7EDE48BD-4720-46D8-896A-A4A4E9153CB5If you zoom into the picture below, you can see a stone building.  It may be a warming hut although we didn’t see a path leading to it.

F3C103C8-1D5F-4AE2-8643-E48E3AF31800As we gained elevation, the fog rolled in, making it difficult to see the glaciers and summit before us.

263A6087-6DF1-4FD3-A6CA-13E87958B67COff to the side of the trail, there were climbers training for the same climb that Scott had made. We got off the trail to get in the picture.

7B2C22F7-0135-4FC9-BFEE-F3044B81A6C3We continued up the trail towards Panorama Point.

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4855C684-C7BA-482C-8207-01F2377E6C80We befriended a park volunteer, Pete, who was eager to hear about Scott’s previous climbs.  In the picture below, Scott is facing the summit of Mt. Rainier, and Pete is looking at the valley below.

5A0D37FF-04CE-49F4-8C31-1F6B742ABB32As the clouds appeared to be dissipating, Scott got up to be ready to capture a glimpse of the summit.  You can barely see the summit in the picture below.

500C145E-2241-4A3D-A81C-93049138E3A5Here’s another shot.  Don’t blink.

 

04392B6E-6205-4607-A015-2E101886169BThere it is, right behind me!  That’s about as close to the summit that I will get!

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There were more nice views of a glacier and waterfall on the way down.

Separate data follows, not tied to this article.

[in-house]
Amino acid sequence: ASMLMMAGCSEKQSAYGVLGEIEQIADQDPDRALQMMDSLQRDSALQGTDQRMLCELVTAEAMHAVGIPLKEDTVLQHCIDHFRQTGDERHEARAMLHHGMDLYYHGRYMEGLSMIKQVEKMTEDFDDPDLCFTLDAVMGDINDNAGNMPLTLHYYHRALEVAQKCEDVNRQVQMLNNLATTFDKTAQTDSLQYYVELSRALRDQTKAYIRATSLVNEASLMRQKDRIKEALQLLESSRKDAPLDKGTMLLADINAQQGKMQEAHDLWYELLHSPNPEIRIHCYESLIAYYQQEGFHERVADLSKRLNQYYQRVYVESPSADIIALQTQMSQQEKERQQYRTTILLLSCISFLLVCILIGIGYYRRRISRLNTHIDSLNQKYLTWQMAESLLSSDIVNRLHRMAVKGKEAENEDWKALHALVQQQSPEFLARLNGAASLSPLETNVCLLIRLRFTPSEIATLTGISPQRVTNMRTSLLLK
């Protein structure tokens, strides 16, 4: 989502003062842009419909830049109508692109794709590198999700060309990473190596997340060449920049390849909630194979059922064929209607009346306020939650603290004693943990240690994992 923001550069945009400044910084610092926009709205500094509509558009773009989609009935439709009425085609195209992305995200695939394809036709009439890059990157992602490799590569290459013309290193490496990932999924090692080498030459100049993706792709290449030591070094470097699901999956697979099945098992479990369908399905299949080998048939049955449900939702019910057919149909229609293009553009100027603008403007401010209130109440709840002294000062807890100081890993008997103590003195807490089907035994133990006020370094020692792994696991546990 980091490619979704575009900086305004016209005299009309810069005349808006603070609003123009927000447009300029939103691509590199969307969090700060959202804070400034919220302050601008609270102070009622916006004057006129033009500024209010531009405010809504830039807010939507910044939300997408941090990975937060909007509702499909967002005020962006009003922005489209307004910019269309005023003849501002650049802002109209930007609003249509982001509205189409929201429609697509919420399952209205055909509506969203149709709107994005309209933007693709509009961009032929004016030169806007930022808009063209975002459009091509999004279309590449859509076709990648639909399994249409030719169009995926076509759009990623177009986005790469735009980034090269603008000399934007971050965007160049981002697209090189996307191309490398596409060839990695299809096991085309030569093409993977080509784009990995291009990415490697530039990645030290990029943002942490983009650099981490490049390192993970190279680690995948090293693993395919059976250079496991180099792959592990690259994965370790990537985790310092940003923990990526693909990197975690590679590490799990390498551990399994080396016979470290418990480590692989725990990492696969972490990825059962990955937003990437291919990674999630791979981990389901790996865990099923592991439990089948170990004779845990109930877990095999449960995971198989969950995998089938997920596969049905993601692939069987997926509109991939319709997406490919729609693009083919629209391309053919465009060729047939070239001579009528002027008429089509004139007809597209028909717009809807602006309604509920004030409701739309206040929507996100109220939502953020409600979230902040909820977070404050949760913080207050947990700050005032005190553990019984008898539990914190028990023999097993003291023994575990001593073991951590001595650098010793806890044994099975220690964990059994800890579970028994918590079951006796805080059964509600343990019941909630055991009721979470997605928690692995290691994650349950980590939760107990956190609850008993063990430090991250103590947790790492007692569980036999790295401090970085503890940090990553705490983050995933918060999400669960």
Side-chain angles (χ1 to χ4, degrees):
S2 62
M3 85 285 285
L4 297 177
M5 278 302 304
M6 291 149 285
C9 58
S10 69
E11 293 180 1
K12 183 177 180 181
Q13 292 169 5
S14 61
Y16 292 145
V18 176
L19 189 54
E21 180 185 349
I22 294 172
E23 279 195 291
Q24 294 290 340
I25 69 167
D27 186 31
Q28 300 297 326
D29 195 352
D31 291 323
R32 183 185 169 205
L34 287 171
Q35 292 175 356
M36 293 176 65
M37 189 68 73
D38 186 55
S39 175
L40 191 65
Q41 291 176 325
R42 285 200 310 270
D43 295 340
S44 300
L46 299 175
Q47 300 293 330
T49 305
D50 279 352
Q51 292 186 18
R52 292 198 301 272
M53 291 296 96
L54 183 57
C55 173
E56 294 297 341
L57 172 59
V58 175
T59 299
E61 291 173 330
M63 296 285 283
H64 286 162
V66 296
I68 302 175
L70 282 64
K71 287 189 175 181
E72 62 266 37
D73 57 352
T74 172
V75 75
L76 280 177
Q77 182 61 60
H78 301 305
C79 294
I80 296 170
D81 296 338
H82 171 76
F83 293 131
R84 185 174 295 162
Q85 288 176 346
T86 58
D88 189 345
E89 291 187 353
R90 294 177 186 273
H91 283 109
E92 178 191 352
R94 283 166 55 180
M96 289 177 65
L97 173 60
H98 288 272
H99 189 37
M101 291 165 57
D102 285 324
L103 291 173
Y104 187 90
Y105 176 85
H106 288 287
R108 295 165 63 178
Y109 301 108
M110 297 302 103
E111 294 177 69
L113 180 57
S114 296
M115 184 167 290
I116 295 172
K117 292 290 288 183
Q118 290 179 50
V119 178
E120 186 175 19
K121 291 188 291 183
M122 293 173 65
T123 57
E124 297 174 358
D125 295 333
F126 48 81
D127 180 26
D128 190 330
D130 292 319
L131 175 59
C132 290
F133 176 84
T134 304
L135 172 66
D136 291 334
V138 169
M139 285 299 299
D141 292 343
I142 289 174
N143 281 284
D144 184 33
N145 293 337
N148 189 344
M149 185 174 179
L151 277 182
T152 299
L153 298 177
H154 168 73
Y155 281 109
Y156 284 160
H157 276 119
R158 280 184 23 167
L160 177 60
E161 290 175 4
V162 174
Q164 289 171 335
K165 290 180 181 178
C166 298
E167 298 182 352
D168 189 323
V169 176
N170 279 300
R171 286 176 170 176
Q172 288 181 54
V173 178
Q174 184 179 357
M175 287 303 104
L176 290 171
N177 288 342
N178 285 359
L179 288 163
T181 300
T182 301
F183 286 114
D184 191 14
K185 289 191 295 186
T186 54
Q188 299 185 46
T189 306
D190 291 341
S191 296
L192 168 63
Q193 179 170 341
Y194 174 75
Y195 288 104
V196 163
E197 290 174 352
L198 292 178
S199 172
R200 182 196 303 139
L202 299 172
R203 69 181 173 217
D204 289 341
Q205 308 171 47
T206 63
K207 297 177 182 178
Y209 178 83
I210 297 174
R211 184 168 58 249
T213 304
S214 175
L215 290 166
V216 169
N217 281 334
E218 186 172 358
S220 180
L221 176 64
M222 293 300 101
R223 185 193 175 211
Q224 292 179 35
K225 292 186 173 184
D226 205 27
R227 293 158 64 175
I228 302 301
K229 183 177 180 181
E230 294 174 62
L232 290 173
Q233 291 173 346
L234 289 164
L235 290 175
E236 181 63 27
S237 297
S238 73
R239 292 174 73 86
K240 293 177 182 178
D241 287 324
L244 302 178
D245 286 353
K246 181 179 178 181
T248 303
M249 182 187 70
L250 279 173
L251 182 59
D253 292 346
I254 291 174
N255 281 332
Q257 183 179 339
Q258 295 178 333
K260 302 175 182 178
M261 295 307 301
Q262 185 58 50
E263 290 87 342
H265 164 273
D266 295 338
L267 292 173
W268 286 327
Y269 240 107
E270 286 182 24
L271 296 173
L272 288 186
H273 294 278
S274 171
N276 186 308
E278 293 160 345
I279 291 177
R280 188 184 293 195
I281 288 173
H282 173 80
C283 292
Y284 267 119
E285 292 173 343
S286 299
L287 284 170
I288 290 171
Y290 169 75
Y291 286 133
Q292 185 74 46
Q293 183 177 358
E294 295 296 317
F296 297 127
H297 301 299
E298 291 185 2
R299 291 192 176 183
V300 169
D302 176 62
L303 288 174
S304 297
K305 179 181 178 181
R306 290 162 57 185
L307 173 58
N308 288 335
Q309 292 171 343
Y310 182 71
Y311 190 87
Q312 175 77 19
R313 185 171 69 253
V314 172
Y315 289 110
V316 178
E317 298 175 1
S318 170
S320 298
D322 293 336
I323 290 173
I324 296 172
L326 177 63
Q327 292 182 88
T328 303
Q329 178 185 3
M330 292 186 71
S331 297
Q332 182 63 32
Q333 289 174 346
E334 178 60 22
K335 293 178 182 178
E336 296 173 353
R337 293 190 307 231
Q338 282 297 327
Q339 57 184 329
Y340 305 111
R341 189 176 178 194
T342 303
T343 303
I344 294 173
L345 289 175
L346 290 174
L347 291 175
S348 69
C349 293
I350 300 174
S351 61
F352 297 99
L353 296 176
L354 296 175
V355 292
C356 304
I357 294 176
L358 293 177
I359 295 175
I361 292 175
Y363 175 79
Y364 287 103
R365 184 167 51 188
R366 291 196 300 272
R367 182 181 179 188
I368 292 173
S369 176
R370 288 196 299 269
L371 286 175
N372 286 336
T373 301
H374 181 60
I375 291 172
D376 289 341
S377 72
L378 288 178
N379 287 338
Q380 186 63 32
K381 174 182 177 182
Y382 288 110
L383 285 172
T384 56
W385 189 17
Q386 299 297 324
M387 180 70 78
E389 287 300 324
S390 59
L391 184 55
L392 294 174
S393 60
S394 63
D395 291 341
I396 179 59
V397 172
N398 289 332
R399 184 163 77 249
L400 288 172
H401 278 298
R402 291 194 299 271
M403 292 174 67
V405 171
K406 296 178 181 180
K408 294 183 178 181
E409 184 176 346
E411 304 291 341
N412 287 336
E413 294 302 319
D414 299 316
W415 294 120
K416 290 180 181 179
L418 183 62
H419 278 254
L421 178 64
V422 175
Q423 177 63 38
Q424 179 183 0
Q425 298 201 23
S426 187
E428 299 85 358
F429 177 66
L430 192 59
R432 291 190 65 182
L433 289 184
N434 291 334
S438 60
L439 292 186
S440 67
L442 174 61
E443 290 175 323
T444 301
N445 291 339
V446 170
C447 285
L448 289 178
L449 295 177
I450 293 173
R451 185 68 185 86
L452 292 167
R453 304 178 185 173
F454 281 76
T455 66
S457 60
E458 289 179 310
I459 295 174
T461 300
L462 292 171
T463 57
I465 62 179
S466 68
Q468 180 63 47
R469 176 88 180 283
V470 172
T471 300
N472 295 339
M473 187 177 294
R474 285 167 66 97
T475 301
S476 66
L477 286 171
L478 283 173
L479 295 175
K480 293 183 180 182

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While we sat around waiting for the clouds to pass, there were several frisky friends who came right up to us hoping for some food.   One of them climbed up Scott’s back and sat on his shoulder!

A46A3EE3-9D1C-4378-89E1-9F2C01783D98Then there are the OTHER furry friends.  They are more interesting in eating the flowers.

F5FBA7E4-ECC6-4AD7-BFB2-F255DC194C68The clouds were hovering over the summit, so we continued hiking on Skyline Trail loop.  The snow depth in some places was mind boggling.

DAAB1908-291A-416A-BAA2-25A557B225A7FC837FCD-6363-443D-800B-859D03F53AB2As we came down in elevation, the landscape quickly changed back to colorful flowers amidst the luscious greenery.

B116251E-16F0-46F7-837E-16F8AA395638The next morning, we broke down camp and headed to Palisades Lakes Trails, which is over by Sunrise section of the park.

FB28BF03-315C-4B2C-AE4F-1A92B472E1D6 The trails descends into a valley with many lakes to explore.

C7131F87-21F2-44C3-BA3C-A91158AC340FWe only went as far as Clover Lake due to time constraints as well as the rainy weather.

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Oregon Travels: 7/1 – 7/12/19

Crater Lake in Oregon was formed as a result of a collapsed volcano about 7,700 years ago.  Our next stop was to another collapsed volcano, Paulina Lake. We were fortunate to get a site for one night in Paulina Lake State Park as it was fully booked beginning July 2.

A0DF4A3E-1B2D-4BC0-AC87-26ADE38110F6The next morning, we got up early and took a six-mile round-trip hike to Paulina’s Peak, approximately 1,200’ elevation gain.

E51B1FCB-56D2-4CB8-B4FF-4552B9F23594The first mile was flat through the forest.

0506EC81-816A-4C60-9298-F92E5034A1E6 The next two miles was a constant elevation gain.

9F5D5BF8-8934-4EBC-9194-55BDDC2F158FFrom the peak, you can clearly see Paulina Lake.

A232C492-F4A8-4355-BEF2-1F6BA5B420EAPanning to the right, you could see the dried up lava, Big Obsidian Flow, and East Lake.